"I was a bad motherfucker before perimenopause. I’m a bad motherfucker now, and I'll be a bad motherfucker after menopause. Know what I’m saying? None of that has to change. How I’m a bad motherfucker, I welcome that part of the change."
Gabrielle Union and Kaavia Union-Wade
Photo by Monica Schipper/Getty Images
“I hope that a.) you recognize that you're not alone. Seek out help and know that it's okay to be honest about what the hell is happening in your life. That's the only way that you know you can get help, and that's also the only other way that people know that you are in need if there's something going on,” she says, “because we have all these big, very wild, high expectations of people, but if they don't know what they're actually dealing with, they're always going to be failing, and you will always be disappointed. So how about just tell the truth, be transparent, and let people know where you are. So they can be of service, they can be compassionate.”
Gabrielle’s transparency is what makes her so relatable, and has so many people root for her. Whether through her TV and film projects, her memoirs, or her social media, the actress has a knack for making you feel like she’s your homegirl. Scrolling through her Instagram, you see the special moments with her family, exciting new business ventures, and jaw-dropping fashion moments. Throughout her life and career, we’ve seen her evolve in a multitude of ways. From producing films to starting a haircare line to marriage and motherhood, her journey is a story of courage and triumph. And right now, in this season, she’s asking, “What’s next?”
“This is a season of discovery and change. In a billion ways,” says the NAACP Image Award winner. “The notion of like, ‘Oh, so and so changed. They got brand new.’ I want you to be brand new. I want me to be brand new. I want us to be always constantly growing, evolving. Having more clarity, moving with different purpose, like, and all of that is for me very, very welcomed."
"I want you to be brand new. I want me to be brand new. I want us to be always constantly growing, evolving. Having more clarity, moving with different purpose, like, and all of that is for me very, very welcomed."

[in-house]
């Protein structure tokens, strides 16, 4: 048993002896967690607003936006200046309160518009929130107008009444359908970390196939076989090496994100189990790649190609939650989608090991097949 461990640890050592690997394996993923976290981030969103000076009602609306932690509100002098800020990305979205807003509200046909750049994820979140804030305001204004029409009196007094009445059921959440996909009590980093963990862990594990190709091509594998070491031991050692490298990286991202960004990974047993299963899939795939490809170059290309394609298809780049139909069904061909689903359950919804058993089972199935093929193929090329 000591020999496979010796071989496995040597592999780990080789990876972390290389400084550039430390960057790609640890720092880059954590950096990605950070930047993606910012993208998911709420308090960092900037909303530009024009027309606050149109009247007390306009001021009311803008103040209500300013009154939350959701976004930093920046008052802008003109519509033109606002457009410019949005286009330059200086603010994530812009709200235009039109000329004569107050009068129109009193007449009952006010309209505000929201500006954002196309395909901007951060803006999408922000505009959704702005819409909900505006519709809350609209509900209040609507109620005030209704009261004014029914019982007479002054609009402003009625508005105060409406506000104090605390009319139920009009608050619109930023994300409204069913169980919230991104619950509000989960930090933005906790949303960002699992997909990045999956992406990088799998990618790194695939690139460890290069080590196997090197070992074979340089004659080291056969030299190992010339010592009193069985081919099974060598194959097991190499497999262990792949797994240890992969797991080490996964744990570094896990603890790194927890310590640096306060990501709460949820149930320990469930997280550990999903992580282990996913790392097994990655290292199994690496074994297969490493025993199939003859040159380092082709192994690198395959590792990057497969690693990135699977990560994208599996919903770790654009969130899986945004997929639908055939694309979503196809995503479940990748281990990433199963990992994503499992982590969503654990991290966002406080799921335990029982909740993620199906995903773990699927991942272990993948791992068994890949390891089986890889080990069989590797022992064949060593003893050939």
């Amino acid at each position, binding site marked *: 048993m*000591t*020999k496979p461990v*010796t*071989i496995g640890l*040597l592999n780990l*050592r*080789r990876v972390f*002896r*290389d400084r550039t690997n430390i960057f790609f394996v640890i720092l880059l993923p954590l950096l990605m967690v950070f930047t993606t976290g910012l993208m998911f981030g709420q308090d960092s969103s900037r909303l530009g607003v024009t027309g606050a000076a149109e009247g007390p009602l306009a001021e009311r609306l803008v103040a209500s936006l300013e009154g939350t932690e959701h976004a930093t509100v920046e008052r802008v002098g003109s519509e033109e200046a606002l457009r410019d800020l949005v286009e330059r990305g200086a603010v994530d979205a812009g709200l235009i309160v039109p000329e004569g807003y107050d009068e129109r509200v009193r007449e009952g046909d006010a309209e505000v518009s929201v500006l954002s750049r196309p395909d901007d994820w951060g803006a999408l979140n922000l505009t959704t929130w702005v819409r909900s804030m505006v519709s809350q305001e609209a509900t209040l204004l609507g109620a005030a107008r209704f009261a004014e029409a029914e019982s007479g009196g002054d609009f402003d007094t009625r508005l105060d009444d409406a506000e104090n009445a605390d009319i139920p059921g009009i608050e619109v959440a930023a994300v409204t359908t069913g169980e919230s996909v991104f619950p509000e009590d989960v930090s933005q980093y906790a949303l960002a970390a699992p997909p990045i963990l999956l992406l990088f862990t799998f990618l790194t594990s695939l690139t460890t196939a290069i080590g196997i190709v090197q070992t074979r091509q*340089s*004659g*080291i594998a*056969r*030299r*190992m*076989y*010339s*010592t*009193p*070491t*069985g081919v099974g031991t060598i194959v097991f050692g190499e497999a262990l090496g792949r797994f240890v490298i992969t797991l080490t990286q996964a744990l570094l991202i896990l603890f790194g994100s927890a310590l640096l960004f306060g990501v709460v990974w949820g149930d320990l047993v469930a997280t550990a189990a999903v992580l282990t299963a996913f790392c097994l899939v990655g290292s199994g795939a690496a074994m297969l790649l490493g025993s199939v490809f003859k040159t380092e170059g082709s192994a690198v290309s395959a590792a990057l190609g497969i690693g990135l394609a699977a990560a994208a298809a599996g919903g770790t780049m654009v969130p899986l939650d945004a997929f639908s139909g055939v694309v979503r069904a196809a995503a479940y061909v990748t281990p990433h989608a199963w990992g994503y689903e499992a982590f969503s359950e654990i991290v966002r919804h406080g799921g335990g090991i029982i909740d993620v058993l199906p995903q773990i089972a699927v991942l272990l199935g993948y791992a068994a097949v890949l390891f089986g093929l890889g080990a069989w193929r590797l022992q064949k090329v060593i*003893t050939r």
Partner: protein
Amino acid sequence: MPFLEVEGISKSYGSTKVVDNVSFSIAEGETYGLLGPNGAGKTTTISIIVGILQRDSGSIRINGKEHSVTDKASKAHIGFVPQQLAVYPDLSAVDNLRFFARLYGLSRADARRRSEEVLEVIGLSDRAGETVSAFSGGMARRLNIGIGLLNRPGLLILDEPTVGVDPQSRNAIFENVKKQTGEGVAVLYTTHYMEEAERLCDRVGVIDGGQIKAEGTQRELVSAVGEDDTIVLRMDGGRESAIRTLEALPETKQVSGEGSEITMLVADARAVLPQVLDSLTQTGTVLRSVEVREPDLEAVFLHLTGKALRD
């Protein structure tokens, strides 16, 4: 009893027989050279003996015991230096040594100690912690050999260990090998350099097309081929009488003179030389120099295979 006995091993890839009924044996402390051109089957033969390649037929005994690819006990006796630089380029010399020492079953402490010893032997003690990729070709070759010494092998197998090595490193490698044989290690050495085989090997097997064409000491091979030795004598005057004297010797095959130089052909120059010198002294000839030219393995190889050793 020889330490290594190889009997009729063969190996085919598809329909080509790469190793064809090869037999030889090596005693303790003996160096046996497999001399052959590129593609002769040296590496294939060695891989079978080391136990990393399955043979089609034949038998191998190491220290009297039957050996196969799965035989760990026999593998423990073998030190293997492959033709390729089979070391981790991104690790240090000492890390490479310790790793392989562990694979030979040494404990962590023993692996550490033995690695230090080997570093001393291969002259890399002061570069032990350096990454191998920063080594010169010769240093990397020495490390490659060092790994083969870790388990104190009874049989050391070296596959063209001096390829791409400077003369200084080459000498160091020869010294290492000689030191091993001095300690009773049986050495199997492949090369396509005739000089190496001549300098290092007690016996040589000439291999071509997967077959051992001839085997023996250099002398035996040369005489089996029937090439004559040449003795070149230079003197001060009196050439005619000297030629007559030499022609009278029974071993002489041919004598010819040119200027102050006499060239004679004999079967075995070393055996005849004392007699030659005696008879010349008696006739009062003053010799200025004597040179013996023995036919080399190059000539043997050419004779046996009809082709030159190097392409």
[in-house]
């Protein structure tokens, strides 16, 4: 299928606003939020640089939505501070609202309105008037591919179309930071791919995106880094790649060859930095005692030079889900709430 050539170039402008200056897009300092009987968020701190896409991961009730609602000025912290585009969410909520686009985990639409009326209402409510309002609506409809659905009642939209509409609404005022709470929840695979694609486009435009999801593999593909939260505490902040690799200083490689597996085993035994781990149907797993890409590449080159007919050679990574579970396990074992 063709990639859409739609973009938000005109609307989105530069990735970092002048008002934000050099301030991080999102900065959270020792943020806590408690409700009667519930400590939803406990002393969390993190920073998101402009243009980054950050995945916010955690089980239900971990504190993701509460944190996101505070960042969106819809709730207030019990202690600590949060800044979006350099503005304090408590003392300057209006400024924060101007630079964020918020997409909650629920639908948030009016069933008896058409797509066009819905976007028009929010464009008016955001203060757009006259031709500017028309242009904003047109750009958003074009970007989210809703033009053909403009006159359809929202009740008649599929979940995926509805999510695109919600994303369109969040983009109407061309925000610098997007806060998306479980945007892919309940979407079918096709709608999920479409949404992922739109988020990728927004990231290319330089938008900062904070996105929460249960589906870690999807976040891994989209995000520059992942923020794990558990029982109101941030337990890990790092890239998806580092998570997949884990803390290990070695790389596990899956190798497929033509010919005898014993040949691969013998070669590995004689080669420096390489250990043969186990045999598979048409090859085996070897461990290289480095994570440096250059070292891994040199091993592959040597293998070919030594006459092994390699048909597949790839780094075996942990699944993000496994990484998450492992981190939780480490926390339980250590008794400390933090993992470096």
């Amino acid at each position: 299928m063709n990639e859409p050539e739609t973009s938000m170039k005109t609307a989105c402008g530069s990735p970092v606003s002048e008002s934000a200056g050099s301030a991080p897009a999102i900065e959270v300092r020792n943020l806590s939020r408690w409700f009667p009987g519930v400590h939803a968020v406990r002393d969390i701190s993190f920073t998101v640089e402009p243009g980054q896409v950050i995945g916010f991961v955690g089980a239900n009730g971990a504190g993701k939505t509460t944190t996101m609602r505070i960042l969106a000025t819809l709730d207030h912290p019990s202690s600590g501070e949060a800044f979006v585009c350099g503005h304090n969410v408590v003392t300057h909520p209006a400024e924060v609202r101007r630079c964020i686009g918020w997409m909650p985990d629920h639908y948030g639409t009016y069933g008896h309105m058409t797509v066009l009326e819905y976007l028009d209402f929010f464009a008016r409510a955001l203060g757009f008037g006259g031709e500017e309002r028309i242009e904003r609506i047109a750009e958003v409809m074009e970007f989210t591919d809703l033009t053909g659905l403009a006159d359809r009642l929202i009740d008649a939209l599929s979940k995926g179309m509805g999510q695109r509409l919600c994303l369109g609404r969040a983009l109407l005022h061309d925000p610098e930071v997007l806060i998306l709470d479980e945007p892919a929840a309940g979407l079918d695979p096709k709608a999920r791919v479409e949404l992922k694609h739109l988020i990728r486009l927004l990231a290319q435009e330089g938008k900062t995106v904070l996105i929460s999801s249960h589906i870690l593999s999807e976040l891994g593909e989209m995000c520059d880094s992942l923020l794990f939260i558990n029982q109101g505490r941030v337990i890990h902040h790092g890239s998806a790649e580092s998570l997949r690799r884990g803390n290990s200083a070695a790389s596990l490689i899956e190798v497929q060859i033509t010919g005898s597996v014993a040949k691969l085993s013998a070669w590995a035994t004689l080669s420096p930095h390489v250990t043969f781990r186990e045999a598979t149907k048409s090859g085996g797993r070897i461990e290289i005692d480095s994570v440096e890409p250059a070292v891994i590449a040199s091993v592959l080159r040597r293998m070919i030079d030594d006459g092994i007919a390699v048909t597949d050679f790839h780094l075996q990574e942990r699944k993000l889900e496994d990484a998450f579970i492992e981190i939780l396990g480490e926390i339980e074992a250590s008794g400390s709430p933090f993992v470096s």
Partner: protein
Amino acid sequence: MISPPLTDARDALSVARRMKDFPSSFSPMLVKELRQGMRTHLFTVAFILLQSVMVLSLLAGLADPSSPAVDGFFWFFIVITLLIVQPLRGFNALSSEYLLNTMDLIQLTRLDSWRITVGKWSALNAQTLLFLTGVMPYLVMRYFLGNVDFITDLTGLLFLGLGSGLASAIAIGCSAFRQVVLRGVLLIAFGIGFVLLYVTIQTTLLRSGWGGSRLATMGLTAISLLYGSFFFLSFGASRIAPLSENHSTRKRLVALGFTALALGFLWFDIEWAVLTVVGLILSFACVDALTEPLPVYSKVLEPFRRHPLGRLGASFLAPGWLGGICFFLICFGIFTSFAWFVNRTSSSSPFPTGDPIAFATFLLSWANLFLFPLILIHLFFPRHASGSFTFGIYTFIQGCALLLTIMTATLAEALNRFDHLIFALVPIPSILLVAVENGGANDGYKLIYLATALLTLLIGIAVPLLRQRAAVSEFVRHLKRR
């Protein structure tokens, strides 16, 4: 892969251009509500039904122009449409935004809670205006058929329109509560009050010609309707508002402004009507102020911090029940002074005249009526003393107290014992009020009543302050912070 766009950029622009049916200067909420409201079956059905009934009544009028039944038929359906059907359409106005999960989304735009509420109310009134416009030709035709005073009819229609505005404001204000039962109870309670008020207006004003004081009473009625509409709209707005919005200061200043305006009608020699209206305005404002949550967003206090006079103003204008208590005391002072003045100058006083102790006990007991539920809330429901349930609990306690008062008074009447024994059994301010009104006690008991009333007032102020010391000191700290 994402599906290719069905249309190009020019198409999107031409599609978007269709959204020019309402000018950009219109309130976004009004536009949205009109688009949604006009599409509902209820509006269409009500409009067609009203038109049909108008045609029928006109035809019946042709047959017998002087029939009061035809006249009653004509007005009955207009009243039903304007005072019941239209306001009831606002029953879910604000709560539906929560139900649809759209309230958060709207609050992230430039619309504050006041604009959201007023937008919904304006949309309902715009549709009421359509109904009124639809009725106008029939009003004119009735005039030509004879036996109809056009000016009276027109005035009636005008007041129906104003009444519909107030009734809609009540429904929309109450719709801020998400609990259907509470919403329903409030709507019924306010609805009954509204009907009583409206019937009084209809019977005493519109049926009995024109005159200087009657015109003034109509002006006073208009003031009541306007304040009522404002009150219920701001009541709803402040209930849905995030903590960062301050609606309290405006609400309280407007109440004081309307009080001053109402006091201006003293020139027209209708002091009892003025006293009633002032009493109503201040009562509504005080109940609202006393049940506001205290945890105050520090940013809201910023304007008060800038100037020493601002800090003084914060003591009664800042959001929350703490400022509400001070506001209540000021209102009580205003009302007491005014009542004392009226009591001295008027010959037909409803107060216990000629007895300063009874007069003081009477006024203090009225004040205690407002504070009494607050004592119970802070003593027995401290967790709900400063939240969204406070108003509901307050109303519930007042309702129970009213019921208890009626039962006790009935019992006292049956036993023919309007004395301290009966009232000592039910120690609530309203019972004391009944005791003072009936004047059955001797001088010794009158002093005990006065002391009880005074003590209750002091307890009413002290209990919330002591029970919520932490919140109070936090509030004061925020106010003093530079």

She continues, “So I'm just trying to figure out what's next. You know what I mean? I'm jumping into what's next. I'm excited going into what's next and new. I'm just sort of embracing all of what life has to offer.”
Look out for Gabrielle in the upcoming indie film Riff Raff, which is a crime comedy starring her and Jennifer Coolidge, and she will also produce The Idea of You, which stars Anne Hathaway.
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Feature image by Mike Lawrie/Getty Images
Have you ever been in a relationship with someone and felt so deeply connected to them? Everything about the relationship was intense – good or bad? Then you might be in a part of a soul tie.
The concept of a soul tie binds individuals on a level beyond a relationship's physical and emotional aspects; it’s more than a mere connection. You can form a soul tie with anyone – lover, friend, colleague, etc.- but we are discussing romantic partners for this article. Think of you and your partner as an intensely burning flame. The flame can burn passionately to light the relationship’s way or chaotically burn everything in its path. Either way, it leaves an indelible mark on the souls involved.
A soul tie should not be confused with the term “soulmate.” The main difference is that a soul tie can be positive or negative, while a soulmate is a mutual, harmonious connection. Unlike a soul tie, a soulmate relationship is generally characterized by mutual understanding, support, and shared values.
However, the more we learn about soul ties, the more it becomes evident that they are not monolithic; they vary in nature and intensity. As someone who has experienced a negative soul tie, it is crucial to discern whether they contribute positively to personal growth or hinder you from flourishing.
If Your Soul Tie Is Positive
A positive soul tie creates a deep and affirming connection between individuals. One key indicator of a positive soul tie is effective communication. If you’re experiencing a positive soul tie, a shared understanding fosters open and honest dialogue, contributing to a sense of connection and support.